For the first time after assuming the position of Minister of Tourism and Creative Economy in 2020, Sandiaga Salahuddin Uno went for a working visit to Australia on 6th – 10th April 2022. The working visit’s agenda consisted of the restoration of tourism industry between both countries and development of education, training, and curriculum in tourism, as well as formally inviting Australian tourists to visit Indonesia, specifically to their long-missed second home Bali.
As of 5 April 2022, the Indonesian government has lifted several primary COVID-19 travel restrictions for international travelers, including the removal of entry PCR-test and quarantine under certain criteria, as well as reinstatement of visas on arrival. By implementing this relaxation measure, Indonesia expects an influx of foreign tourists this year to exceed 3 million.
“At least in the next few periods, we are targeting 1.4 million tourist visits from Australia, and this is to ensure that we are ready, hence we need to accelerate promotion effort in the market. The procedure to enter Bali now is easier than ever. It is a golden period to realize the dream of basking in the warmth of Bali’s sun paired pleasantly with the warm hospitality of its people,” said Sandiaga.
Returning home, the Minister flew aboard the fully booked Jetstar Australia from Sydney to Denpasar consisting of 335 passengers, showing high enthusiasm from Australian tourists nearing the Easter holiday.
Read More: Visa-Free Visits and Visa on Arrival to Indonesia, 6th April
Eased Travel Restrictions
Several major Indonesian international travel restrictions have now been deregulated. Firstly, mandatory PCR-test upon arrival is no longer a requirement if foreign tourists show no COVID-19 symptoms. Secondly, quarantine obligation is now eliminated for those who have received their second and third COVID-19 vaccine shots.
Thirdly, visas on arrival are now reinstalled for 43 countries, including Australia. As for international entry points, there are 10 airports available to cater international flights, including I Gusti Ngurah Rai Airport in Bali.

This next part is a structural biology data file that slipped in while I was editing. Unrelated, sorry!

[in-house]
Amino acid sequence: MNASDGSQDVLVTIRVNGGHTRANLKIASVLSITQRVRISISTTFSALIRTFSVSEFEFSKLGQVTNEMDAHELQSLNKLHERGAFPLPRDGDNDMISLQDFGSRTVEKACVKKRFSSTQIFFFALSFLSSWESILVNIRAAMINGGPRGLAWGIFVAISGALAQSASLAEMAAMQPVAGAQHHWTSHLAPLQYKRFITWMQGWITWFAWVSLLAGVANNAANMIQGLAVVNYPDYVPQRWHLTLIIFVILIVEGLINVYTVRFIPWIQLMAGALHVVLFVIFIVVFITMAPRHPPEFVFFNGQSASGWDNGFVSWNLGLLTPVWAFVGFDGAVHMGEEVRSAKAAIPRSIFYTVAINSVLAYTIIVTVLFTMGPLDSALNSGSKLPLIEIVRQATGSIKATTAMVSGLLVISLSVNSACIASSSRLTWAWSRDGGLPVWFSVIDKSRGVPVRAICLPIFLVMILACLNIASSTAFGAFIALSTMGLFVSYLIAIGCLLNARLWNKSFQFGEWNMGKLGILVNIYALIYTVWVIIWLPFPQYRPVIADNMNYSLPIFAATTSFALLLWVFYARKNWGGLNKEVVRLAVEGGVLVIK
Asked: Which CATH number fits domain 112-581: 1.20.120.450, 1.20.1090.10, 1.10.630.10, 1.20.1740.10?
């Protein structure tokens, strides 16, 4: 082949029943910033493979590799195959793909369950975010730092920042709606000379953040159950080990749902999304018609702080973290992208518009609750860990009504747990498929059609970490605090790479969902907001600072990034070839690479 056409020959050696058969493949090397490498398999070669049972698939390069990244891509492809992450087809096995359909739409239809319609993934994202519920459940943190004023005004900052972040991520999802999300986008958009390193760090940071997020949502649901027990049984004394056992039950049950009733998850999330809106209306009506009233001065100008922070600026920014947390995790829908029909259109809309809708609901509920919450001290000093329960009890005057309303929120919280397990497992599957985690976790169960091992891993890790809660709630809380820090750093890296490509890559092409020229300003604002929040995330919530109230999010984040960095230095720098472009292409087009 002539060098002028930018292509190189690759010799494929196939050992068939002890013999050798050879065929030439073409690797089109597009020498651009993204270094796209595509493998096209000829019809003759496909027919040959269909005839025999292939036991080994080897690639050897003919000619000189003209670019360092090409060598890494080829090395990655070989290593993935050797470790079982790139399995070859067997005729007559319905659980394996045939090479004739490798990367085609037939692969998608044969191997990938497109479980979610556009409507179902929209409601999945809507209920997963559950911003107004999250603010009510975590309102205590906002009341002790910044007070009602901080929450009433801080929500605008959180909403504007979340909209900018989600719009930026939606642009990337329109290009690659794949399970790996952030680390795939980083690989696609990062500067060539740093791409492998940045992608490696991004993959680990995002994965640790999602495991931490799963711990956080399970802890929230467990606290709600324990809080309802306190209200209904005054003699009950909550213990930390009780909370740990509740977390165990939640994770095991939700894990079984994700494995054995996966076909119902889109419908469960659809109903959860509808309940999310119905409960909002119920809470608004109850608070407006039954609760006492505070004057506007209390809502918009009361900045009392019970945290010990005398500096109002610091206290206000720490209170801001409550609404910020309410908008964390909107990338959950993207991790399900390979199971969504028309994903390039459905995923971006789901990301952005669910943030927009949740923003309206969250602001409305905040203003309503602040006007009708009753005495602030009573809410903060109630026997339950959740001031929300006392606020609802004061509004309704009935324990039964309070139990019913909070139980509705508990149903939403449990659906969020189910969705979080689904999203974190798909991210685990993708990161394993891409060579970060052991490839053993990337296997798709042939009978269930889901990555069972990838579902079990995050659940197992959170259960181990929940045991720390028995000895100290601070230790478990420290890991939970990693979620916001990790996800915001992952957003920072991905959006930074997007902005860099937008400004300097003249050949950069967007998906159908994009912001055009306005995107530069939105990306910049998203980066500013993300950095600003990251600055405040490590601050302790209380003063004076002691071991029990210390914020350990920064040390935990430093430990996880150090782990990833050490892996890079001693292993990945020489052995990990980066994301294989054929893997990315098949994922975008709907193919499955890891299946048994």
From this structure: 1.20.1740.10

Due to high demand for direct flight from Australia to Bali, the direct flight route from Sydney to Denpasar via Jetstar Australia Boeing 787-8 aircraft now has resumed after two years of hiatus with three scheduled flights available weekly. Additionally, there are also four scheduled direct flights from Melbourne to Denpasar available weekly, and a scheduled direct flight from Perth to Denpasar available daily.
Acting Deputy for Marketing of Ministry of Tourism and Creative Economy, Ni Wayan Giri Adnyani, added, “We have been actively cooperating with various partners, such as Jetstar, to provide better connectivity to bring Australians back to Bali. On 14th March, we welcomed 26 high-profile Australian media to amplify the message that Indonesia, especially Bali, is now open and excited to welcome visitors from Australia.”
As additional pulling factor, the Indonesian government focuses on revamping Bali’s tourism concept by exploring adventure travel, ecotourism, or ethno-tourism. “Post-pandemic, Indonesia’s tourism, especially Bali, will undergo several significant improvements, emphasizing more on a quickly emerging market of small, specialized group tours which offer a more sustainable, social, affordable, and ultimately transformative experiences for travelers,” added Sandiaga.
The Minister hoped that this quality tourism will be effective in limiting potential environmental degradation while simultaneously facilitating opportunities for travelers to enjoy eco-conscious stays and activities in Bali. Moreover, this environmentally sound tourism strategy is in line with the Indonesia’s vision as the host and presidency holder of G20 meetings this year that envisions the realization of sustainable development.